There’s something grimly understated about this article from the NYT on how to survive a mass homicide attack. Apparently, we now have a large enough sample size from these shootings to talk intelligently about predictors of survival:
Research on mass shootings over the last decade has bolstered the idea that people at the scene of an attack have a better chance of survival if they take an active stance rather than waiting to be rescued by the police, who in many cases cannot get there fast enough to prevent the loss of life.
In an analysis of 84 such shooting cases in the United States from 2000 to 2010, for example, researchers at Texas State University found that the average time it took for the police to respond was three minutes.
“But you see that about half the attacks are over before the police get there, even when they arrive quickly,” said J. Pete Blair, director for research of the university’s Advanced Law Enforcement Rapid Response Training Center.
On the one hand, great, we should know what to do during an attack! It’s nice to know that our natural fight-or-flight response shouldn’t be muffled in a catastrophe. (And I wonder what those poor, poor souls on September 11th, who obediently returned to their desks after being given the all-clear, probably against their better judgment, might have done with this advice). But isn’t it incredibly depressing that we have this newly comprehensive ‘body’ of evidence about the toll of mass homicide? And why, exactly, is it so much easier to talk about the known risk factors that make a person a victim, rather than a perpetrator?
Gun violence is decreasing, fyi. I think that really needs to be said. Murders are at their lowest rate in four decades, as are other forms of violence and sexual assault. Gun ownership is actually decreasing in America, too. People on both sides of the gun debate don’t want to admit this, but people are less interested in guns than they were even a decade ago. 70 percent of Americans don’t own a gun. (I guess that’s probably horrifying if you’re European, but it represents a pretty overlooked decline in gun ownership amidst all the debate. Of course the 30 percent is busily preparing for Armageddon)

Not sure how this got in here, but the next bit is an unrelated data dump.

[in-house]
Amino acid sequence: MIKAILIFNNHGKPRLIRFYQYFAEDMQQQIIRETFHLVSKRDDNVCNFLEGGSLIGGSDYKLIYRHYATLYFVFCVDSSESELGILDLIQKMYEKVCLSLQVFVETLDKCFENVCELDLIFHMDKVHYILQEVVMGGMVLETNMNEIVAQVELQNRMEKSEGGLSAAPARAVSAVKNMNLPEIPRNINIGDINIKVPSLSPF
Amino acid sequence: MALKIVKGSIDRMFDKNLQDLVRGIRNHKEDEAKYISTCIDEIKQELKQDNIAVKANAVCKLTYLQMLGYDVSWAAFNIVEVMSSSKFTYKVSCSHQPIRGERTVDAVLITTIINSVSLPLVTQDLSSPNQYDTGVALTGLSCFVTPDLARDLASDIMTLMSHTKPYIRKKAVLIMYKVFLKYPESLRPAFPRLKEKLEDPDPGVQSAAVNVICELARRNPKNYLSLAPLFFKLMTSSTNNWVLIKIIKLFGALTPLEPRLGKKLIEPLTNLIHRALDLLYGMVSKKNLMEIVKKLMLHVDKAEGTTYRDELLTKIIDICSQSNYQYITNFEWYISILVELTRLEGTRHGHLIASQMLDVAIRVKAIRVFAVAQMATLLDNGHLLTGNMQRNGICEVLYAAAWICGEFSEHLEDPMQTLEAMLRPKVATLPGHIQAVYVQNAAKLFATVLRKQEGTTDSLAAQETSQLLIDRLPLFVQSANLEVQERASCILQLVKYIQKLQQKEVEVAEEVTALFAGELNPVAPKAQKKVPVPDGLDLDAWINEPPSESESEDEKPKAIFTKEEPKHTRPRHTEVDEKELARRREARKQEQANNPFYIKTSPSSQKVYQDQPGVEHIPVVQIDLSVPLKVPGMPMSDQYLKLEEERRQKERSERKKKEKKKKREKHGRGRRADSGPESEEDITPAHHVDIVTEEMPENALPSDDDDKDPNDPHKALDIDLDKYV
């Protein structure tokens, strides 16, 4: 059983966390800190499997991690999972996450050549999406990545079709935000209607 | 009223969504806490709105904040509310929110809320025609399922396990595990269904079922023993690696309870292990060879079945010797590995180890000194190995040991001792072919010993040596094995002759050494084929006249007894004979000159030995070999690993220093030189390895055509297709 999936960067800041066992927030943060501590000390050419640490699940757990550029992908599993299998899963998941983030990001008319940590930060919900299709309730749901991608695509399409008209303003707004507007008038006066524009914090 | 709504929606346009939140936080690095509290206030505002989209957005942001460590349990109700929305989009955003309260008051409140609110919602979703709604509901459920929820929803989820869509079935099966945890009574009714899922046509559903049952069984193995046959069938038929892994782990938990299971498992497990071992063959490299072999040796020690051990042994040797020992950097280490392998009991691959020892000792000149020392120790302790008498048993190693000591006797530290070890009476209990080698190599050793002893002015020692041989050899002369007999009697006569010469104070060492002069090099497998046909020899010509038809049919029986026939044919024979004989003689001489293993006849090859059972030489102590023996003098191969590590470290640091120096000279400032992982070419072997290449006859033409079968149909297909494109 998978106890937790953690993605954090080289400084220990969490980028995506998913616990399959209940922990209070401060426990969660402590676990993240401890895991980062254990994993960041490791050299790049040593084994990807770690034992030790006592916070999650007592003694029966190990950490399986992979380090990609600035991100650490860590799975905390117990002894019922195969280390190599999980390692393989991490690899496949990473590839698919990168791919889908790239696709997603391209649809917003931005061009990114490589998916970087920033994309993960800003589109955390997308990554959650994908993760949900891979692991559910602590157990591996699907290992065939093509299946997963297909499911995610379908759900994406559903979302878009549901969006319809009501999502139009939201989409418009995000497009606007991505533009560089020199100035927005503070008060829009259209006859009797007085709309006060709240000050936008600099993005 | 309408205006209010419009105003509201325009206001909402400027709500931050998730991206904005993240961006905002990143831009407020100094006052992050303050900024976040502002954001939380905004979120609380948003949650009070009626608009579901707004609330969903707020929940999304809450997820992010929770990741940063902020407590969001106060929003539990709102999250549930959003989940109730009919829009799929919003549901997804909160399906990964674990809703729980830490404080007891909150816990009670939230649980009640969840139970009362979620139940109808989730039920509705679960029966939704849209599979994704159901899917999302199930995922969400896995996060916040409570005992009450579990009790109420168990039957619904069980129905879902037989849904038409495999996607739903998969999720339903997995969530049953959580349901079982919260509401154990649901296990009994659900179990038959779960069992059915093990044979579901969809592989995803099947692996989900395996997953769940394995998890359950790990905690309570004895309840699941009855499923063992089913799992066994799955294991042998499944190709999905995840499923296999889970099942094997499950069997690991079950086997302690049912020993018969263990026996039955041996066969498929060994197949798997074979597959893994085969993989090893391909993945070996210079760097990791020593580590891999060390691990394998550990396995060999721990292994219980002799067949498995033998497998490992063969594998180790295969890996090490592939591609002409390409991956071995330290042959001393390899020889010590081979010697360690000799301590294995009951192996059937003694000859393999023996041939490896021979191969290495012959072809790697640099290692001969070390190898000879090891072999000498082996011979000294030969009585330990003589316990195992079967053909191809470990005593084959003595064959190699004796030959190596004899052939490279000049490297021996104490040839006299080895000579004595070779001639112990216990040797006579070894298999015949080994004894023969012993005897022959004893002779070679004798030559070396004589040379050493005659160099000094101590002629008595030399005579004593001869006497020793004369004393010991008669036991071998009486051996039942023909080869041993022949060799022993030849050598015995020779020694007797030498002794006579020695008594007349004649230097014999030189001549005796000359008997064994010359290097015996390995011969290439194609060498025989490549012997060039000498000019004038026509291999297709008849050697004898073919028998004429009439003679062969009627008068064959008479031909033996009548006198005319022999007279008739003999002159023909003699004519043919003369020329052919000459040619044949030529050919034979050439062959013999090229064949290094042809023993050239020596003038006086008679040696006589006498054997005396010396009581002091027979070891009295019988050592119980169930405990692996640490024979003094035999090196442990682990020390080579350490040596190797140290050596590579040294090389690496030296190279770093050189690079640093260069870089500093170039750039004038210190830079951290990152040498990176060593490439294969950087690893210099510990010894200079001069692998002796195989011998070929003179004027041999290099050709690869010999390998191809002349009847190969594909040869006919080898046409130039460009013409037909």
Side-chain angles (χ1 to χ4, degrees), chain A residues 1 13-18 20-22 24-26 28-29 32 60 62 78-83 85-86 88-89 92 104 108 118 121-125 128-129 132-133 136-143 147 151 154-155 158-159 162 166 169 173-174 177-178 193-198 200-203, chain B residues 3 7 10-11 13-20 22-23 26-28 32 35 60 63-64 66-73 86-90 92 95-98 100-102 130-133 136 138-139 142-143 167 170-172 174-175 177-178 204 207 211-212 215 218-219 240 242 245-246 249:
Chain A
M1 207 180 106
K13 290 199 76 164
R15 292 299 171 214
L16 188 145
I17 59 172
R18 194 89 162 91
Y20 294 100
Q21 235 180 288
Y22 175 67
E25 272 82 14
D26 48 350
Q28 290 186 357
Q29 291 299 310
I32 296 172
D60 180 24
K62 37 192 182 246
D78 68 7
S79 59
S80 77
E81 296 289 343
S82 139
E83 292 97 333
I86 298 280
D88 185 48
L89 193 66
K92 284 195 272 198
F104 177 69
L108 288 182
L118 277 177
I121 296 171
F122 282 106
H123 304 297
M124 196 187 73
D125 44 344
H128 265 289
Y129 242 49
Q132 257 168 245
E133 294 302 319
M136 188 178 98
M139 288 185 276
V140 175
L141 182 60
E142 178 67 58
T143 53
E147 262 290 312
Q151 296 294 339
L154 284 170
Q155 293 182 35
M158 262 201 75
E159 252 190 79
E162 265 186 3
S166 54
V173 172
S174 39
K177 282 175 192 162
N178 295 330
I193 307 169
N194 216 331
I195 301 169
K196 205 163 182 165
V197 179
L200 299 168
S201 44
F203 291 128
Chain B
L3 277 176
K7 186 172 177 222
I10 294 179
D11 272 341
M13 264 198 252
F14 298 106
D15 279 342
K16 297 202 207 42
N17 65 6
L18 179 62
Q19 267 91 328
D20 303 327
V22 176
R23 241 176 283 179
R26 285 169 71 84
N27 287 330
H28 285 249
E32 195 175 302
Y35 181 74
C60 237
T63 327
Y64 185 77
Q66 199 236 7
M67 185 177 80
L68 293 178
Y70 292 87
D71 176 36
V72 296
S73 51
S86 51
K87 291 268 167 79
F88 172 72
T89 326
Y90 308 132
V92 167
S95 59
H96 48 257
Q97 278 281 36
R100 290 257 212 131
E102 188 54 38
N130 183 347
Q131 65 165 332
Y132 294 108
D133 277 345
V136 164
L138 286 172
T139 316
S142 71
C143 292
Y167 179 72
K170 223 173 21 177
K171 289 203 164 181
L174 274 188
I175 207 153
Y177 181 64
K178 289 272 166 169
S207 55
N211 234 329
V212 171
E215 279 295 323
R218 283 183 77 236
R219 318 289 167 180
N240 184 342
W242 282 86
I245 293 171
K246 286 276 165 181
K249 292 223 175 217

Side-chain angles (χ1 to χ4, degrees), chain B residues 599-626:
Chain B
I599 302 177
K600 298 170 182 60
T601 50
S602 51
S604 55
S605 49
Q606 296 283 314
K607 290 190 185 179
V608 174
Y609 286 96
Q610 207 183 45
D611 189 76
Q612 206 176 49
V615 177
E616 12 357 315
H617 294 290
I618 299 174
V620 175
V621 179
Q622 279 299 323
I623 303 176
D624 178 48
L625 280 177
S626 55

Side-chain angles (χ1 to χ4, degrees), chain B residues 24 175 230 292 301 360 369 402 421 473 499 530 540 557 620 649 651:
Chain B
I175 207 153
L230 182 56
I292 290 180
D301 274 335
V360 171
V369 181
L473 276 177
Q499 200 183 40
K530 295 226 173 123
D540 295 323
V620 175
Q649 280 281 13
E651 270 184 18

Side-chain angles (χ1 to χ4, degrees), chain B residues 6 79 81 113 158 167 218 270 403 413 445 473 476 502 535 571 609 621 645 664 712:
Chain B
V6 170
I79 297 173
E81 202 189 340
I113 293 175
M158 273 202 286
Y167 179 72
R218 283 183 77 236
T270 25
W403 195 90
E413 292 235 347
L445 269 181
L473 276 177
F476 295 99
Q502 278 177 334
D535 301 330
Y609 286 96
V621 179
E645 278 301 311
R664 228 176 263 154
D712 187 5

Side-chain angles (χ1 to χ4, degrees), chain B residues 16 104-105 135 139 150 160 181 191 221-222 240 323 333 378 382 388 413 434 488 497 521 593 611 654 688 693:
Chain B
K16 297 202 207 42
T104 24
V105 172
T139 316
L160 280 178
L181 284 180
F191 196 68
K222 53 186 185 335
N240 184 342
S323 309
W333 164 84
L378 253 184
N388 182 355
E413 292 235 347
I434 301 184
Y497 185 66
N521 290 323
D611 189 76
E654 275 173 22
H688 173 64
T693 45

And yet… I think the decline is even more of an argument to understand the conditions under which people do go on murderous sprees. We still have far too many firearms deaths – a truly freakish proportion compared to most industrialized nations – and mass homicides seem especially intractable. Frankly, I’m so sick and tired of locking people up and throwing away the key. Why can’t we treat what is wrong with them before they go on these rampages? Why can’t we compile, and publicize, an unimpeachably clear picture of the factors that promote or inhibit gun violence? Why can’t we figure this out?
Here’s a clue: for 15 years, Congress has prohibited the Centers for Disease Control from funding research on the epidemiology of gun violence. Here’s a dictionary definition of epidemiology: “the study of the distribution and determinants of health related states (i.e. death by gun violence) in human populations. That’s right, folks, our Congress, the one with the nine percent approval rating, the one that mocks the use of federal dollars for “wasteful” scientific research on fruit flies (a building block of most of the medical advances anyone’s every heard of), that Congress halted all research on the causes and consequences of gun violence because they were in thrall to a paranoid and reckless gun lobby.